All change!

Well, following the success of my January 1st posting, things on the blog front have been very quiet – but that doesn’t reflect my life in any way at all.

In mid January my role was put at risk of redundancy, meaning a 30 day consultation period that concluded last week. If I am honest, it wasn’t something that totally surprised me, as the tech organisation has been changing over the past 12 months, and the role I had didn’t really fit within the new framework.

So how did I feel? It was very odd, as I didn’t know how I should feel. What should I do? How should I be thinking? Where do I start?
There is no template, and not having been through this before, I used common sense to be honest. I decided to tackle this as a positive thing. My children are 18 & 21, my wife works, so its not as though I am the only breadwinner, and its not the end of the world. I have also worked full time without a break in employment since I left school over 30 years ago, so actually, I felt that I could do with one.

It also struck me that each job change has been to try to move onwards and upwards – and now the cycle has broken. It is really liberating to break out of that process! I had no idea how freeing it would feel.

I work for a great company who have really supported me through the process, putting me in touch with an organisation who support people in their job and career journey after redundancy.

My first task, literally 2 days after I was told, was to set about writing a list of things that I wanted to do:

  • Update my LinkedIn profile
  • Take advantage of the help offered by the company I was referred to for career guidance, and sign up for sessions/webinars etc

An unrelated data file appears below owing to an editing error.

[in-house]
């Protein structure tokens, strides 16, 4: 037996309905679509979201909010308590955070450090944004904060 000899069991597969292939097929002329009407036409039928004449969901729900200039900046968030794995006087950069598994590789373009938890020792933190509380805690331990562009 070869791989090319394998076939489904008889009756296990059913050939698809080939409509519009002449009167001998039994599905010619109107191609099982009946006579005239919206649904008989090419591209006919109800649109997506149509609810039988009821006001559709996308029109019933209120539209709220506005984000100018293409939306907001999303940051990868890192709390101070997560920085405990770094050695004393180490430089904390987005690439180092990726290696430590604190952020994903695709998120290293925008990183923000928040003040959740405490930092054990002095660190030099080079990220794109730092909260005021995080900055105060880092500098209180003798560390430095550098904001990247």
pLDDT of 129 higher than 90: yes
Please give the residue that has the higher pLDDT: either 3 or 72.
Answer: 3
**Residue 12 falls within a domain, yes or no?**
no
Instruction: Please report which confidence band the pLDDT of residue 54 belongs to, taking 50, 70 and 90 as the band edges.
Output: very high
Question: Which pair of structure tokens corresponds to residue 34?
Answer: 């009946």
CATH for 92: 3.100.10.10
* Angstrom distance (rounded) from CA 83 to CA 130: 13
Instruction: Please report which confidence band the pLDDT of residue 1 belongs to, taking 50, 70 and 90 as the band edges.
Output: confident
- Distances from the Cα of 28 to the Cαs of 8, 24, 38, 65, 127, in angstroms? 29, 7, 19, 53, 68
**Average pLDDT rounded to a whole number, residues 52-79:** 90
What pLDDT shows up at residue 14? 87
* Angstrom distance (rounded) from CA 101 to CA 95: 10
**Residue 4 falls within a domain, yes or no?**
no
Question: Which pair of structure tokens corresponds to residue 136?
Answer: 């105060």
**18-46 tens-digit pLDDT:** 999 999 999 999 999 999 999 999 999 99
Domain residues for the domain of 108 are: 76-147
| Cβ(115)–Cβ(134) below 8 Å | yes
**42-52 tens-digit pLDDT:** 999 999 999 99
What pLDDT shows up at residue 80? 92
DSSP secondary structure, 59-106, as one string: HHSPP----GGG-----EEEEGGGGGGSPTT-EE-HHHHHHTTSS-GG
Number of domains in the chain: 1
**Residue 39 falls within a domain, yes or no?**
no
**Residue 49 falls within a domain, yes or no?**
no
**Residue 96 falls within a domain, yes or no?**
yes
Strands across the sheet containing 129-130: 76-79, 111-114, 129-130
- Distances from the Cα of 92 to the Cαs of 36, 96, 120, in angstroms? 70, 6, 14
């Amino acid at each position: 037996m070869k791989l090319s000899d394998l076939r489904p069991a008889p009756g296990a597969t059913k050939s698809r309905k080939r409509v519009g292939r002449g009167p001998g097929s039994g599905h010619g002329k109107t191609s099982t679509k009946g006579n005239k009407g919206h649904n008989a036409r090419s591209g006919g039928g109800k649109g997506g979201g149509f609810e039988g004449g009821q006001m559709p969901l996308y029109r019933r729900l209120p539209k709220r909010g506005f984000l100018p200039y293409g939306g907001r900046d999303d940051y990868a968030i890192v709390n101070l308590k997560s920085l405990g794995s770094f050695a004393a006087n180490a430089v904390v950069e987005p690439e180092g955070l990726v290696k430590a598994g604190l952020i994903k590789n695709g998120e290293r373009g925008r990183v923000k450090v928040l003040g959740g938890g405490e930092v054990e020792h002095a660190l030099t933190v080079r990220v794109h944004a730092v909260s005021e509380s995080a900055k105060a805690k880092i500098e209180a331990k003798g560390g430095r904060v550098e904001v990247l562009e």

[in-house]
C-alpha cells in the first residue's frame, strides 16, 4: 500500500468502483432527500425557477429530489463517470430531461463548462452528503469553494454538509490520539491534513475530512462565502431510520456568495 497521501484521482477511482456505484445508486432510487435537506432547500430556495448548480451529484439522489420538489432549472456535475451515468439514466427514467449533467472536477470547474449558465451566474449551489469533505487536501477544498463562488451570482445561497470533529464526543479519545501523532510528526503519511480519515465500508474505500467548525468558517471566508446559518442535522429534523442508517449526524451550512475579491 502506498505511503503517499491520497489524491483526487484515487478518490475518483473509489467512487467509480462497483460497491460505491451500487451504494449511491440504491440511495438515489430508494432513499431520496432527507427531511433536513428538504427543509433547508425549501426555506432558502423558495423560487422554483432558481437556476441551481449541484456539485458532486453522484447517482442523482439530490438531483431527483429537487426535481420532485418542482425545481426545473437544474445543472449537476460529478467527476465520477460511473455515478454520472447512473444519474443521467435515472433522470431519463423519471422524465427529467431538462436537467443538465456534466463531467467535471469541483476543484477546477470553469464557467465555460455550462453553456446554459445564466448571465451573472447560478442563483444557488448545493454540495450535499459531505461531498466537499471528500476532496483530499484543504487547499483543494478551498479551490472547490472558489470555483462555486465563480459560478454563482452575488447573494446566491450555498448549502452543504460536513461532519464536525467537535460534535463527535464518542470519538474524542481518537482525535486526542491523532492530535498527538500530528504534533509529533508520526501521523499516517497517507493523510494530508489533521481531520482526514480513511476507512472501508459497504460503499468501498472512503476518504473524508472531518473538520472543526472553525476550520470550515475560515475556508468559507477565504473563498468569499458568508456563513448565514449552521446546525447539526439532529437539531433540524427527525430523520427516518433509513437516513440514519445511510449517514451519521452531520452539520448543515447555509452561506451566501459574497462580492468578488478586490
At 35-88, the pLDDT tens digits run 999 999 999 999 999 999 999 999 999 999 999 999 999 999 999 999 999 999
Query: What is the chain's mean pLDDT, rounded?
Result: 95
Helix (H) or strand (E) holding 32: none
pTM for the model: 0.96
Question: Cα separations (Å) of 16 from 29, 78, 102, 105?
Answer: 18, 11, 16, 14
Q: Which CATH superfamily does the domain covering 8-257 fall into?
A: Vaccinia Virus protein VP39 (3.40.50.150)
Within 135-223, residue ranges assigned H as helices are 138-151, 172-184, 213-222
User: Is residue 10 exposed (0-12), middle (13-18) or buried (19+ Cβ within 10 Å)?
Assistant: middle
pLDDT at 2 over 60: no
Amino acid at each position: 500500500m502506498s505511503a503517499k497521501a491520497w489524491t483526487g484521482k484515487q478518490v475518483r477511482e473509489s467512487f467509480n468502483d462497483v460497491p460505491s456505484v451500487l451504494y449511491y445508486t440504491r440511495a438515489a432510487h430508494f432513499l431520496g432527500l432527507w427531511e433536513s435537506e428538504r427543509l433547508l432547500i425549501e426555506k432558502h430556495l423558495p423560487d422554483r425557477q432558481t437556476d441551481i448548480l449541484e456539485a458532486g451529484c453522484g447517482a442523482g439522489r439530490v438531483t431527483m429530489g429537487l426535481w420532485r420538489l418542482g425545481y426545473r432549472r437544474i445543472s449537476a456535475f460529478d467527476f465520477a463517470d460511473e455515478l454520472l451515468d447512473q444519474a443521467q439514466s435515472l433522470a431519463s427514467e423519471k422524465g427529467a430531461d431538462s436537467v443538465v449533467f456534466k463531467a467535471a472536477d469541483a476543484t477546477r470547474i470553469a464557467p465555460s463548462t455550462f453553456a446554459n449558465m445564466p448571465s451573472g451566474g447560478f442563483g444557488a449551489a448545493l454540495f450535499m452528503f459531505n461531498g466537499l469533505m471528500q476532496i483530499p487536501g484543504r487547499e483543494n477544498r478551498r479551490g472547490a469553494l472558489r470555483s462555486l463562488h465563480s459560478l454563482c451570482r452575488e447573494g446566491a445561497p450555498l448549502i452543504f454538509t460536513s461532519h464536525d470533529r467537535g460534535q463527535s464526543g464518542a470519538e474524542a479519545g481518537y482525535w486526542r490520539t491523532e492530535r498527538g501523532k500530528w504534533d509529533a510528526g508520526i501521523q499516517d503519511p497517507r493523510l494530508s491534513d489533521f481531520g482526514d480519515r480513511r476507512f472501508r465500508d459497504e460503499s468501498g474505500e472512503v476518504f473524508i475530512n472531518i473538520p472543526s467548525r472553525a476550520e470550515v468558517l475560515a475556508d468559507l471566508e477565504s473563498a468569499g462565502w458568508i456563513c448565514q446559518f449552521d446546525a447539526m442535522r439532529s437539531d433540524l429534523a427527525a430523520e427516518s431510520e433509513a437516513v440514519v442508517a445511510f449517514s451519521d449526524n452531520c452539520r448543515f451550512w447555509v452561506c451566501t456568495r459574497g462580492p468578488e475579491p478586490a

• Update my CV
  • Speak to contacts
  • Order business cards to give out at conferences/meetups etc
  • Look into contracting (I have only ever been a permie)
  • Sort out my shed
  • Clean the greenhouse
  • Fix the shower grouting
  • Plan my radio shows in advance

And so on. It was a random mix of things that I wanted to do, including jobs I had put off and not done, so the idea was to keep busy.

I kept a list of what I did each day – job alerts, agency contacts, applications, webinars attended, shed tidying etc so I could see the journey, and it helped. Being productive and organised is important to me, and I made sure to get up around 7.30 each day so as not to get into the habit of sleeping in late!

So – why update now? Well – things don’t always go as planned. In my mind, I was all set to leave on the 14th Feb, I was fine with that, and had made plans for the 15th & 16th so I would not stop work and suddenly feel a bit adrift. And then the week before, I had a conversation which changed things.

I was asked to stay on until the end of June as an Interim Project Manager in the team I was with up until January 2017, as my domain knowledge would be beneficial. I said yes, and start on Monday 19th. I am looking forward to this – not only does it buy me some more time, but with stakeholder management, delivery and workshops a part of the role, these are things that will help boost my skills. It’s not strictly a Testing role, but there is a lot of crossover, as an increasing number of Test Manager/Head of Test roles are looking for these things, and I have the chance to be doing them now. It’s a win-win.

I feel very fortunate to have been asked, and glad that I approached the whole redundancy process with a positive mindset. Although the redundancy is deferred, I can pick up the search again in a month or two when I am ready, so nothing I have done or learned is wasted. If I hadn’t been through the process, my CV would not have received it’s overhaul, so at the very least, that’s been worthwhile!